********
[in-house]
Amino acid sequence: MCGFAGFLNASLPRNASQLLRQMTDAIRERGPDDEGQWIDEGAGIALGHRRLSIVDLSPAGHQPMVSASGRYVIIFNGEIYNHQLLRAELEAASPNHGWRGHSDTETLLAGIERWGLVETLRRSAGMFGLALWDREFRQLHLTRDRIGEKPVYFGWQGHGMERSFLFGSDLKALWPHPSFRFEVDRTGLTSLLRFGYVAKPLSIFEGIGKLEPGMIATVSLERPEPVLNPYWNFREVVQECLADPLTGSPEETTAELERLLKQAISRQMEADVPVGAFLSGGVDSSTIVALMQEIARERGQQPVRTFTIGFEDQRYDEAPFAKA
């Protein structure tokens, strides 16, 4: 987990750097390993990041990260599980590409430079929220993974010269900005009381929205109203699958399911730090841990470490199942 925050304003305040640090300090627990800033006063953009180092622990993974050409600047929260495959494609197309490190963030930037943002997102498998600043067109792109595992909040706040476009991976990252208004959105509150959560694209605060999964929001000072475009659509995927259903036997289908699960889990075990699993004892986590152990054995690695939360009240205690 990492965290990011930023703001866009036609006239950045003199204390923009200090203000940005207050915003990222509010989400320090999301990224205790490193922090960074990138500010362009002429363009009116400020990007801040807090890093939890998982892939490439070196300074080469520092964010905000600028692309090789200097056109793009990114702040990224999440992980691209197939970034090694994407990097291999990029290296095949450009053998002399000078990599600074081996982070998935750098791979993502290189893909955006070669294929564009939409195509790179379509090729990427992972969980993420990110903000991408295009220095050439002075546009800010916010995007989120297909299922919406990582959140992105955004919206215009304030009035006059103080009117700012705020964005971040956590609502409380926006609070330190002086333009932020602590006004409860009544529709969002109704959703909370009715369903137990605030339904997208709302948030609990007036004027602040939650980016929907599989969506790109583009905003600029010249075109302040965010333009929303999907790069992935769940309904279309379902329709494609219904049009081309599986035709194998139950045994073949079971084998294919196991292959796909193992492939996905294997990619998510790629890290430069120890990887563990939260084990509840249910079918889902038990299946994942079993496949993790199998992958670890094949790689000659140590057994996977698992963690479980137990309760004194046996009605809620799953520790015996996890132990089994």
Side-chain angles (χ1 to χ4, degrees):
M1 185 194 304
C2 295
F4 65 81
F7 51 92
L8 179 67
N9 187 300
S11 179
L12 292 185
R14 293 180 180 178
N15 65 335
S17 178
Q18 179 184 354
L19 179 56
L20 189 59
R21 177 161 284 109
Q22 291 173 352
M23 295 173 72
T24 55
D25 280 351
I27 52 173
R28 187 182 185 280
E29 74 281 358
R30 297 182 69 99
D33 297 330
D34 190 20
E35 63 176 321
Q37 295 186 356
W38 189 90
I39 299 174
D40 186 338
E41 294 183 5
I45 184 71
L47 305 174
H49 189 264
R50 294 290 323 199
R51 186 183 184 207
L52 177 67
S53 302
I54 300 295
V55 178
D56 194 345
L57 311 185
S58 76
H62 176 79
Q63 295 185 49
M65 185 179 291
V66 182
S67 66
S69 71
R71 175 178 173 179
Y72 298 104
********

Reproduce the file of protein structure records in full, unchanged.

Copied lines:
[in-house]
Amino acid sequence: MCGFAGFLNASLPRNASQLLRQMTDAIRERGPDDEGQWIDEGAGIALGHRRLSIVDLSPAGHQPMVSASGRYVIIFNGEIYNHQLLRAELEAASPNHGWRGHSDTETLLAGIERWGLVETLRRSAGMFGLALWDREFRQLHLTRDRIGEKPVYFGWQGHGMERSFLFGSDLKALWPHPSFRFEVDRTGLTSLLRFGYVAKPLSIFEGIGKLEPGMIATVSLERPEPVLNPYWNFREVVQECLADPLTGSPEETTAELERLLKQAISRQMEADVPVGAFLSGGVDSSTIVALMQEIARERGQQPVRTFTIGFEDQRYDEAPFAKA
């Protein structure tokens, strides 16, 4: 987990750097390993990041990260599980590409430079929220993974010269900005009381929205109203699958399911730090841990470490199942 925050304003305040640090300090627990800033006063953009180092622990993974050409600047929260495959494609197309490190963030930037943002997102498998600043067109792109595992909040706040476009991976990252208004959105509150959560694209605060999964929001000072475009659509995927259903036997289908699960889990075990699993004892986590152990054995690695939360009240205690 990492965290990011930023703001866009036609006239950045003199204390923009200090203000940005207050915003990222509010989400320090999301990224205790490193922090960074990138500010362009002429363009009116400020990007801040807090890093939890998982892939490439070196300074080469520092964010905000600028692309090789200097056109793009990114702040990224999440992980691209197939970034090694994407990097291999990029290296095949450009053998002399000078990599600074081996982070998935750098791979993502290189893909955006070669294929564009939409195509790179379509090729990427992972969980993420990110903000991408295009220095050439002075546009800010916010995007989120297909299922919406990582959140992105955004919206215009304030009035006059103080009117700012705020964005971040956590609502409380926006609070330190002086333009932020602590006004409860009544529709969002109704959703909370009715369903137990605030339904997208709302948030609990007036004027602040939650980016929907599989969506790109583009905003600029010249075109302040965010333009929303999907790069992935769940309904279309379902329709494609219904049009081309599986035709194998139950045994073949079971084998294919196991292959796909193992492939996905294997990619998510790629890290430069120890990887563990939260084990509840249910079918889902038990299946994942079993496949993790199998992958670890094949790689000659140590057994996977698992963690479980137990309760004194046996009605809620799953520790015996996890132990089994």
Side-chain angles (χ1 to χ4, degrees):
M1 185 194 304
C2 295
F4 65 81
F7 51 92
L8 179 67
N9 187 300
S11 179
L12 292 185
R14 293 180 180 178
N15 65 335
S17 178
Q18 179 184 354
L19 179 56
L20 189 59
R21 177 161 284 109
Q22 291 173 352
M23 295 173 72
T24 55
D25 280 351
I27 52 173
R28 187 182 185 280
E29 74 281 358
R30 297 182 69 99
D33 297 330
D34 190 20
E35 63 176 321
Q37 295 186 356
W38 189 90
I39 299 174
D40 186 338
E41 294 183 5
I45 184 71
L47 305 174
H49 189 264
R50 294 290 323 199
R51 186 183 184 207
L52 177 67
S53 302
I54 300 295
V55 178
D56 194 345
L57 311 185
S58 76
H62 176 79
Q63 295 185 49
M65 185 179 291
V66 182
S67 66
S69 71
R71 175 178 173 179
Y72 298 104